This man was charged with the most unusual crime I have ever seen in reviewing Second Circuit opinions: he was a go-between corrupt police officers and criminal defendants. He would provide expensive gifts to the high-ranking officers in exchange for using their influence to obtain lenient treatment for the defendants. Bribery through gifts, not money. The defendant was convicted at trial, and the Court of Appeals affirms.
The case is United States v. Reichberg, issued on June 15. Here is how the Court of Appeals describes the arrangement:
The benefits the officers received took many forms, including trips on private jets and luxury hotel stays with prostitutes; football, basketball, and hockey tickets worth tens of thousands of dollars; international travel arrangements to Israel and the Dominican Republic; home improvements worth thousands of dollars; and approximately $60,000 in business steered toward certain of the officers’ private security companies.
Reichberg and [co-defendant] Rechnitz’s largesse obtained a host of favors from NYPD officers. For example, one of Reichberg’s clients was arrested three separate times, but each time was released from custody after Reichberg contacted NYPD officers. [Co-defendant] Grant exerted his influence to secure the processing and approval of gun licenses, even when those applications were deficient or the applicants unqualified for the type of license sought. Grant conferred this benefit on Reichberg, who obtained a full-carry gun license without the licensing division bothering to investigate whether he qualified for one. Banks secured Grant’s promotion to Inspector in the 19th Precinct, on Manhattan’s Upper East Side—a strategic posting valuable to Reichberg and Rechnitz because of its proximity to Rechnitz’s Manhattan office. Officers also provided police rides and police escorts to Reichberg and Rechnitz’s friends to cut through traffic, arranged for an NYPD police boat to give rides to attendees at a barbecue Reichberg hosted, and arranged for an NYPD helicopter to do a flyover of a cocktail cruise organized by Reichberg.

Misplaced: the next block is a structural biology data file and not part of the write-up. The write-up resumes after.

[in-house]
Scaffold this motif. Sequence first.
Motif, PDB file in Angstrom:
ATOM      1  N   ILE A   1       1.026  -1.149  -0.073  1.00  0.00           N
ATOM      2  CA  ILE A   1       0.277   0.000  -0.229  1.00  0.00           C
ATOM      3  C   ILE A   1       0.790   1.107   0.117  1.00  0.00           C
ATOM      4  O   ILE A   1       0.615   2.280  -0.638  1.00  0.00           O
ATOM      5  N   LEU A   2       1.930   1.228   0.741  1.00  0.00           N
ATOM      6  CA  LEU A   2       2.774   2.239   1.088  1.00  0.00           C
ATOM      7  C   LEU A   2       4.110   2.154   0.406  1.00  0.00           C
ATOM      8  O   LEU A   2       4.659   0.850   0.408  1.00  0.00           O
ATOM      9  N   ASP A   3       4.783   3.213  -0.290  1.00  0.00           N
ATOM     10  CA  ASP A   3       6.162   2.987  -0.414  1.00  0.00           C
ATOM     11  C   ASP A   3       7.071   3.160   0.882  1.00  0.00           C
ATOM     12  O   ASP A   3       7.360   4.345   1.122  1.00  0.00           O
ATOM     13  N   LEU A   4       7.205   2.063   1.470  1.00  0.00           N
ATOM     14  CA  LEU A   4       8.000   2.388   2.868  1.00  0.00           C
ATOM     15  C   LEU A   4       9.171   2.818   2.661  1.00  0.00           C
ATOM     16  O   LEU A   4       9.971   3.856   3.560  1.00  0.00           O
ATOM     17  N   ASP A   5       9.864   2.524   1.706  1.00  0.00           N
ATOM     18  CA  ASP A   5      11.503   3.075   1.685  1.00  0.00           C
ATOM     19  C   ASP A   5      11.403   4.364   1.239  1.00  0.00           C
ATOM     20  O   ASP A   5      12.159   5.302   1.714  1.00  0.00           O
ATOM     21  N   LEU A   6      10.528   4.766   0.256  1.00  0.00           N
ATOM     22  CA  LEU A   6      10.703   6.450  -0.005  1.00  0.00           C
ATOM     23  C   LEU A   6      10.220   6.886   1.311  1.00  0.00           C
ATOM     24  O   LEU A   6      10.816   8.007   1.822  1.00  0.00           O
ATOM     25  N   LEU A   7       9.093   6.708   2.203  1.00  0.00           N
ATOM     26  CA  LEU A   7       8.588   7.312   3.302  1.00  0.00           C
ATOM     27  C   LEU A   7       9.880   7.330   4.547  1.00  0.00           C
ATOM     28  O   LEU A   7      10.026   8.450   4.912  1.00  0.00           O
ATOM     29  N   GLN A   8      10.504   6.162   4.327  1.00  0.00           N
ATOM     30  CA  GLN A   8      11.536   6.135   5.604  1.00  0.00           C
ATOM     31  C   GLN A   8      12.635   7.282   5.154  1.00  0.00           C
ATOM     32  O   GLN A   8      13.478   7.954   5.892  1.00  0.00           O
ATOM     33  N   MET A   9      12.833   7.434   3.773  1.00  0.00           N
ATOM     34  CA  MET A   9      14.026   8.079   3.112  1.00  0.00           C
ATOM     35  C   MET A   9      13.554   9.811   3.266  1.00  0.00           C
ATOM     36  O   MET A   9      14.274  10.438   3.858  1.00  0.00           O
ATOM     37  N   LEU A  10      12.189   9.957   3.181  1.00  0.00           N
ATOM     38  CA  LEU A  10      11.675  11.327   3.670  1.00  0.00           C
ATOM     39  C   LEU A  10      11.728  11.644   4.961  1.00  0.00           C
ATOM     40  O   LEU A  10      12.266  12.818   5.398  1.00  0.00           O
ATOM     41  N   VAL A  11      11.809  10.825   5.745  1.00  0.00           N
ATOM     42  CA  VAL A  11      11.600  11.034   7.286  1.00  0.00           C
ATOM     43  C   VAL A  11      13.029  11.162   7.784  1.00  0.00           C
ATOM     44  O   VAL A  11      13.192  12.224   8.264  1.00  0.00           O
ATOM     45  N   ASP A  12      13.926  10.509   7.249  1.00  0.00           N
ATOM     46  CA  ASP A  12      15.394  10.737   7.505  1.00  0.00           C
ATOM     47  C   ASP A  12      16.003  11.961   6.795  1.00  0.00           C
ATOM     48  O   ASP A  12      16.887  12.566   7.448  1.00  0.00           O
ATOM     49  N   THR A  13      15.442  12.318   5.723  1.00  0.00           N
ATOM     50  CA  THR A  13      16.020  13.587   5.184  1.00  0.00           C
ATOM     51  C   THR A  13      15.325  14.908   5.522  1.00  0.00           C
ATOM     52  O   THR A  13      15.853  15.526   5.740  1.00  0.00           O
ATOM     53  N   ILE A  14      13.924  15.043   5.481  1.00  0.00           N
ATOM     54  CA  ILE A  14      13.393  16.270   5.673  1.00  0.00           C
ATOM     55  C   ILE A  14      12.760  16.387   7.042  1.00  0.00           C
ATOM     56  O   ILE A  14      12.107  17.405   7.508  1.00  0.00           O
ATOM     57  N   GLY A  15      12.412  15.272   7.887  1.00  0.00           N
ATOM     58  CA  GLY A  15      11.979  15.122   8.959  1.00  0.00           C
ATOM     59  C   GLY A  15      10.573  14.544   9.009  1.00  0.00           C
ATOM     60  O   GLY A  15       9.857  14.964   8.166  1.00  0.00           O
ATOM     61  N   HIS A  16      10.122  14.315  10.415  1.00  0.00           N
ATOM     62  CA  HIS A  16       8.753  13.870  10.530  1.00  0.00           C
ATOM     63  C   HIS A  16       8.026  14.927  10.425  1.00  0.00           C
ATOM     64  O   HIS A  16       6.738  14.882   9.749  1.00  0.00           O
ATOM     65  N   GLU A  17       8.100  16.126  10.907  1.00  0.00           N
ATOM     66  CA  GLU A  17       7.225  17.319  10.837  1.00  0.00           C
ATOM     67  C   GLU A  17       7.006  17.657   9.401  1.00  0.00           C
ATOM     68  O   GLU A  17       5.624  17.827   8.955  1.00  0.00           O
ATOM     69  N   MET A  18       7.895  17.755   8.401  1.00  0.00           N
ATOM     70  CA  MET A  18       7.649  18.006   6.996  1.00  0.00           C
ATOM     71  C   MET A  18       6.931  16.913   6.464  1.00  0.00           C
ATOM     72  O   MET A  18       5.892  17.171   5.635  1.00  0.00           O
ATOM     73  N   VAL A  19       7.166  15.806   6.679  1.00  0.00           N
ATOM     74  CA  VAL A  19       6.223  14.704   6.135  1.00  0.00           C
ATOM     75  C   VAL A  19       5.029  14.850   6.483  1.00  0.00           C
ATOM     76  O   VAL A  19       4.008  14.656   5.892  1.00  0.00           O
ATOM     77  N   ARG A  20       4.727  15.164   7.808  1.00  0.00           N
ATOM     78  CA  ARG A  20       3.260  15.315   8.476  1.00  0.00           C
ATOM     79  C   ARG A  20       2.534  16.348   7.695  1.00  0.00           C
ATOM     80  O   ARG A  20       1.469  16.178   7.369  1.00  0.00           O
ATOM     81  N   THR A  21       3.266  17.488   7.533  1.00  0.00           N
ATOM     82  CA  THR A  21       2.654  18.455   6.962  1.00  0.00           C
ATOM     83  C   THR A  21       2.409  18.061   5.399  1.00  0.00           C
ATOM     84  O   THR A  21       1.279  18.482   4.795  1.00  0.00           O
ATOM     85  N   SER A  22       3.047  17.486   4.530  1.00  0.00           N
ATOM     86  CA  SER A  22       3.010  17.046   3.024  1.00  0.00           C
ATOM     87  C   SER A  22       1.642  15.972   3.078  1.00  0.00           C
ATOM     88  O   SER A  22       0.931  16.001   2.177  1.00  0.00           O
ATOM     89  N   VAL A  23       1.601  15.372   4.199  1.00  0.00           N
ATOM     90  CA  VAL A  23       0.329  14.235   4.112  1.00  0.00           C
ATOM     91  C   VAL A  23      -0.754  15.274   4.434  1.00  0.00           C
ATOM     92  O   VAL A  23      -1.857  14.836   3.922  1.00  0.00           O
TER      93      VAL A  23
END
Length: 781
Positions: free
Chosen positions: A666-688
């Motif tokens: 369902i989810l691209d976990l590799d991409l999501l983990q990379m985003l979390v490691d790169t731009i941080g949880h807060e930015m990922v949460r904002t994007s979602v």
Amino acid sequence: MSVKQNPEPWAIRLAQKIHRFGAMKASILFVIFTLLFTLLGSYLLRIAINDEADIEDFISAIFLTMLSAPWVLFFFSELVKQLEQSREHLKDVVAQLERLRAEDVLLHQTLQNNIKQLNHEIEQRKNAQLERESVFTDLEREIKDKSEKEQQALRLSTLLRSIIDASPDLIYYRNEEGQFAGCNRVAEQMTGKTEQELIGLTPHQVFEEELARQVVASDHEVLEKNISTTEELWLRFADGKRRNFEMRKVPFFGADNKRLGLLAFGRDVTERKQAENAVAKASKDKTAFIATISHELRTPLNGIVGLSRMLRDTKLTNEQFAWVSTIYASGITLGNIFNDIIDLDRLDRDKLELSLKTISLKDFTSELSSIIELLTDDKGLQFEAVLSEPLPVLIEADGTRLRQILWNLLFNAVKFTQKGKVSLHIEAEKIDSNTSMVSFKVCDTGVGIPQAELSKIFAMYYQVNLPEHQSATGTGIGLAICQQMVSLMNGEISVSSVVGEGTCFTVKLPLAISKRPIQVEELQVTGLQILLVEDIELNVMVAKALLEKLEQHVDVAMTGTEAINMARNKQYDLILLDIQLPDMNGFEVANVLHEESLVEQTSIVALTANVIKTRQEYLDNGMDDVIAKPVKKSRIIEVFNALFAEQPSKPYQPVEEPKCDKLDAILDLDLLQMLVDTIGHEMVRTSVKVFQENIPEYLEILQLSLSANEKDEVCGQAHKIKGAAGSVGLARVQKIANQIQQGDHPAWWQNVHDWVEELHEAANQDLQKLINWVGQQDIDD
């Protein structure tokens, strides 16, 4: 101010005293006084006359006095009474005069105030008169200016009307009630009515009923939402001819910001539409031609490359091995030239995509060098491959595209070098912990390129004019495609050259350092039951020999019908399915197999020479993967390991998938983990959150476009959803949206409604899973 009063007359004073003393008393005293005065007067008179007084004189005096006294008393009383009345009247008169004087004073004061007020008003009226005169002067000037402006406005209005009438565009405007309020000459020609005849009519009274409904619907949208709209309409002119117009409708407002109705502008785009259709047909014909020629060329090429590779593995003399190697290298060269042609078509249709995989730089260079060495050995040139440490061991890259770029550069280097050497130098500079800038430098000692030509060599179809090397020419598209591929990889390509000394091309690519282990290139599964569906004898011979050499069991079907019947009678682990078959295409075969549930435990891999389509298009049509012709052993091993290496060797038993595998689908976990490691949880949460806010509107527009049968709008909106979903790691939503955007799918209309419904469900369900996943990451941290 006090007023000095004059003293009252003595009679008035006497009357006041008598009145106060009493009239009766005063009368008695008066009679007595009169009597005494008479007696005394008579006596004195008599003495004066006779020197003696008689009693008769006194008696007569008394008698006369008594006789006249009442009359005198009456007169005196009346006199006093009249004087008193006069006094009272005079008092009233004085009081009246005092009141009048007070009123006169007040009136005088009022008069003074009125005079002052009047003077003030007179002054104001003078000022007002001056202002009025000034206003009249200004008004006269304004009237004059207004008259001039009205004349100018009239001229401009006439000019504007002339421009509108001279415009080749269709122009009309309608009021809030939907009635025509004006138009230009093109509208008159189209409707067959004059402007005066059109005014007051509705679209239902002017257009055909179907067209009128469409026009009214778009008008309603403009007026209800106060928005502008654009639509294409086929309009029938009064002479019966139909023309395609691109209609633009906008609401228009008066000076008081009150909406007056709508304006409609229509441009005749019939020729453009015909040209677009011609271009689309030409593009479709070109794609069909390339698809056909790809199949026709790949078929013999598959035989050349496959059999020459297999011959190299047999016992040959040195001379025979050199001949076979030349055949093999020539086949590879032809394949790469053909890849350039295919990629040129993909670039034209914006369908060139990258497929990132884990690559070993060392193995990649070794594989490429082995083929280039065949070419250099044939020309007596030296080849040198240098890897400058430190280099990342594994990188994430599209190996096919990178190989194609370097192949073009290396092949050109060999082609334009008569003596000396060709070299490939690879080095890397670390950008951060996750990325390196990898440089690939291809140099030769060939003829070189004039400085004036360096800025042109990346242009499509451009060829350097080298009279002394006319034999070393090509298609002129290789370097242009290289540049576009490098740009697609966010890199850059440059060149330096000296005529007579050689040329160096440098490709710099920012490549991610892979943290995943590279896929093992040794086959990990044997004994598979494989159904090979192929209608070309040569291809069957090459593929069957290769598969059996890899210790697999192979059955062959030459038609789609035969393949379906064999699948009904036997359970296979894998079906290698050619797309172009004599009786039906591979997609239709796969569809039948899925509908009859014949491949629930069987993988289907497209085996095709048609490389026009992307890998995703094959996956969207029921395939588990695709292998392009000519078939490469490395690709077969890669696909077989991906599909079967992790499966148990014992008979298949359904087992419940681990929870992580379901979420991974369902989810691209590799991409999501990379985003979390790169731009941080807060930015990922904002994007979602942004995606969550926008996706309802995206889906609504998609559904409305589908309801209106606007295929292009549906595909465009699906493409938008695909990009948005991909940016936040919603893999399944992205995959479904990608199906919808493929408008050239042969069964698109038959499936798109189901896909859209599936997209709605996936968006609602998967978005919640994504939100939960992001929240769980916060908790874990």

Defendant raises a series of issues on appeal. One alleges a Fourth Amendment violation over the unlawful seizure of electronic evidence, which I imagine is how many of these bribes were proven at trial. It appears the government sent to Reichberg's co-defendants electronic discovery that was seized from his devices, but in doing so it sent them more information than they were entitled to, and that this extra evidence hurt his case. But the trial court found, and the Court of Appeals agrees, that the government released this information in error, and not on purpose. Fourth Amendment suppression remedies are available to deter the government from conducting unlawful seizures in the future. That interpretation of the exclusionary rule was articulated by the Supreme Court Herring v. United States, 555 U.S. 135 (2009), a controversial 5-4 ruling from the Supreme Court. What it means for this case is that since the data was mistakenly released, there is no Fourth Amendment violation because it was done in the good faith that Reichberg was consenting to the release of all of this data.